Colon Cancer: What You Should Know

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Colon cancer is the second leading cause of cancer deaths in America, and numbers among young people are rising rapidly. Recently, colon cancer has been trending due to Chadwick Boseman, the Black Panther star, recently succumbing to the disease. He was only 43 years old. Here’s what you need to know about colon cancer.

Colon Cancer Among Younger People

While most cases are found in older people, the cases found in younger people have been growing at an alarming rate. 

Rates of colorectal cancer among people aged 65 or older, including tumors in the rectum or colon, have been declining. This is probably due to regular screening. Regardless, it is the second most common cause of cancer deaths among Americans. What’s even more alarming is that rates have been climbing by about two percent every year in people under 50.

Medical experts are unsure of the reason for the rising rates among younger people. While obesity, smoking, or a family history of cancer may play a role for some patients, not all people with colon cancer have these risk factors.

Doctors at the Center for Young Onset Colorectal Cancer at Memorial Sloan Kettering Cancer Center have been exploring whether diet, medications like antibiotics, and the microbiome might contribute to cancer among young people. These things have all changed drastically for generations born in the 1960s and later.

When is Screening Recommended?

According to the American Cancer Society, people should begin getting screenings at the age of 45. However, those with a family history of colon cancer should start getting tested at age 40 or at ten years younger than the age at which their family member was diagnosed, whichever comes first.

Early screening is also recommended for those with a history of inflammatory bowel diseases, such as ulcerative colitis or Crohn’s disease. Early screening should also be considered for those who have previously received radiation in their abdomen or pelvis.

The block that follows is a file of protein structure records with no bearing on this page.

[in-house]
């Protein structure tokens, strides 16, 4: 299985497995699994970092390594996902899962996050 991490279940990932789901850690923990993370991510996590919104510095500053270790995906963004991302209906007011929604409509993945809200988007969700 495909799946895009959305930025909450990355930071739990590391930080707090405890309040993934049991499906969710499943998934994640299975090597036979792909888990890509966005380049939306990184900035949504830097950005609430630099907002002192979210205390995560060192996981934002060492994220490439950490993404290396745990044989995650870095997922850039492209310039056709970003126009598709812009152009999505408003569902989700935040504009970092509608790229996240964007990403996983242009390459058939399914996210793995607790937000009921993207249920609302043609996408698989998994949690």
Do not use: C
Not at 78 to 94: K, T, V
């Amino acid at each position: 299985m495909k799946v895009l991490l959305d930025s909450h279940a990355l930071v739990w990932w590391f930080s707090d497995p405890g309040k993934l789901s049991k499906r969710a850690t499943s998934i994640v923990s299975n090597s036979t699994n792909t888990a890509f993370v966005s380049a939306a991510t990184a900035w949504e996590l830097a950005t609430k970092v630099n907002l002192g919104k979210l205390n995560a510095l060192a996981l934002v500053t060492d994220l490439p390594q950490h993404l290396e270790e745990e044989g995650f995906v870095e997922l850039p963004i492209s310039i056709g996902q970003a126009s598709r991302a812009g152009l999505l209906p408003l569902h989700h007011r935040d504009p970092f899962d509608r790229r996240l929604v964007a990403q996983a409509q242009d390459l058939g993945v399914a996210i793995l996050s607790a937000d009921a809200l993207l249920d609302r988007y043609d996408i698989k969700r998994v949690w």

Screenings can be done utilizing different exams on stool samples or with imaging-based exams such as colonoscopies. Early detection has a significant correlation with survival rates in colon cancer cases. The five-year survival rate for young people for early-stage colon cancer is 94 percent. However, for those with late disease stages, the survival rate drops significantly, to as low as 20 percent.

Chadwick Boseman found out in 2016 that he had Stage 3 colon cancer. According to Dr. Robin B. Mendelsohn, co-director of the Center of Young Onset Colorectal Cancer at Memorial Sloan Kettering Cancer Center, patients with Stage 3 colon cancer typically have an approximate 60 to 80 percent chance of cure. This depends on several factors, such as whether or not the cancer is responsive to chemotherapy.

Racial Disparities in the Risk of Colon Cancer

According to a recent American Cancer Society report, rates of colorectal cancer are higher among black people. From 2012 to 2016, the rate of new cases among non-Hispanic black people was 45.7 per 100,000, which was about 20 percent higher than the rate among non-Hispanic white people and 50 percent higher than the rate among Asian-Americans and Pacific Islanders. The highest rate was among Alaskan Natives: 89 per 100,000.

The Symptoms of Colon Cancer

Bloody stools and bleeding from the rectum are common symptoms of colon cancer. Other symptoms include constipation or diarrhea, dark sticky feces, a drastic change in bowel habits, feeling anemic, sudden and frequent abdominal pain or cramps, nausea, vomiting, or unexplained weight loss. If you notice any of these symptoms, it’s essential to notify your doctor immediately.

Schedule a Screening

Our doctors have extensive experience in cancer screening, prevention, and care at Nevada Surgery and Cancer Care. Contact us today to schedule an appointment for a screening. Early detection can be the difference between life and death.